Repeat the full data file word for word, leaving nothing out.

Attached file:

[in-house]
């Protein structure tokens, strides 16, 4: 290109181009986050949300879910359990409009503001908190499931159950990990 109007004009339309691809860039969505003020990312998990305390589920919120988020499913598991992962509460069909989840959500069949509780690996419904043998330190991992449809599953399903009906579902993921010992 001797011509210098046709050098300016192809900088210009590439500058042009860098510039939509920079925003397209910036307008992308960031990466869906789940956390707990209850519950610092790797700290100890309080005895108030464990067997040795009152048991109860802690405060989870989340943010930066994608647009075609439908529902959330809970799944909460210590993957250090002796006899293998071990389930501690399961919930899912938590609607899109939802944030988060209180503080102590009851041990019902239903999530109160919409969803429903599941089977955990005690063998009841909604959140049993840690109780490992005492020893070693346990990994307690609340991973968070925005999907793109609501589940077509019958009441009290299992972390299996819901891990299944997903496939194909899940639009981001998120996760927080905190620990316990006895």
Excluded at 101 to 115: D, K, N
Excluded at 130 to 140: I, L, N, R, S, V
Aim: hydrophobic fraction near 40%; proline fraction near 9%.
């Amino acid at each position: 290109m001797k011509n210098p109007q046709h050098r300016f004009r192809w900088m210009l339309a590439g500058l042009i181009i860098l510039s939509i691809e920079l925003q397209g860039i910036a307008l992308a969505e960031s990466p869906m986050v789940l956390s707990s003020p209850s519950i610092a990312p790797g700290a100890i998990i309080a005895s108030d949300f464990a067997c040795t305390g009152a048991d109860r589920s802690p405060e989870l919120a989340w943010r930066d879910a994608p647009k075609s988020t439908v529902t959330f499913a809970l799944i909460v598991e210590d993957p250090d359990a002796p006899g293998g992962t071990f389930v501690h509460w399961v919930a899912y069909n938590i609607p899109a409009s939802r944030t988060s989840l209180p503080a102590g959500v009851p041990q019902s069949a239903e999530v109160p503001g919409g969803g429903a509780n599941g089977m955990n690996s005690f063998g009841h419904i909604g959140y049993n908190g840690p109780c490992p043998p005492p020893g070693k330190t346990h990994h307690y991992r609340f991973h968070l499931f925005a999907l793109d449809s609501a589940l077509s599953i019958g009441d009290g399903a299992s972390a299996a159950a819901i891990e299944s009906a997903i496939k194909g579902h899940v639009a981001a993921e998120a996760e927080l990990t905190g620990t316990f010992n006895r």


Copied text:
[in-house]
């Protein structure tokens, strides 16, 4: 290109181009986050949300879910359990409009503001908190499931159950990990 109007004009339309691809860039969505003020990312998990305390589920919120988020499913598991992962509460069909989840959500069949509780690996419904043998330190991992449809599953399903009906579902993921010992 001797011509210098046709050098300016192809900088210009590439500058042009860098510039939509920079925003397209910036307008992308960031990466869906789940956390707990209850519950610092790797700290100890309080005895108030464990067997040795009152048991109860802690405060989870989340943010930066994608647009075609439908529902959330809970799944909460210590993957250090002796006899293998071990389930501690399961919930899912938590609607899109939802944030988060209180503080102590009851041990019902239903999530109160919409969803429903599941089977955990005690063998009841909604959140049993840690109780490992005492020893070693346990990994307690609340991973968070925005999907793109609501589940077509019958009441009290299992972390299996819901891990299944997903496939194909899940639009981001998120996760927080905190620990316990006895």
Excluded at 101 to 115: D, K, N
Excluded at 130 to 140: I, L, N, R, S, V
Aim: hydrophobic fraction near 40%; proline fraction near 9%.
């Amino acid at each position: 290109m001797k011509n210098p109007q046709h050098r300016f004009r192809w900088m210009l339309a590439g500058l042009i181009i860098l510039s939509i691809e920079l925003q397209g860039i910036a307008l992308a969505e960031s990466p869906m986050v789940l956390s707990s003020p209850s519950i610092a990312p790797g700290a100890i998990i309080a005895s108030d949300f464990a067997c040795t305390g009152a048991d109860r589920s802690p405060e989870l919120a989340w943010r930066d879910a994608p647009k075609s988020t439908v529902t959330f499913a809970l799944i909460v598991e210590d993957p250090d359990a002796p006899g293998g992962t071990f389930v501690h509460w399961v919930a899912y069909n938590i609607p899109a409009s939802r944030t988060s989840l209180p503080a102590g959500v009851p041990q019902s069949a239903e999530v109160p503001g919409g969803g429903a509780n599941g089977m955990n690996s005690f063998g009841h419904i909604g959140y049993n908190g840690p109780c490992p043998p005492p020893g070693k330190t346990h990994h307690y991992r609340f991973h968070l499931f925005a999907l793109d449809s609501a589940l077509s599953i019958g009441d009290g399903a299992s972390a299996a159950a819901i891990e299944s009906a997903i496939k194909g579902h899940v639009a981001a993921e998120a996760e927080l990990t905190g620990t316990f010992n006895r």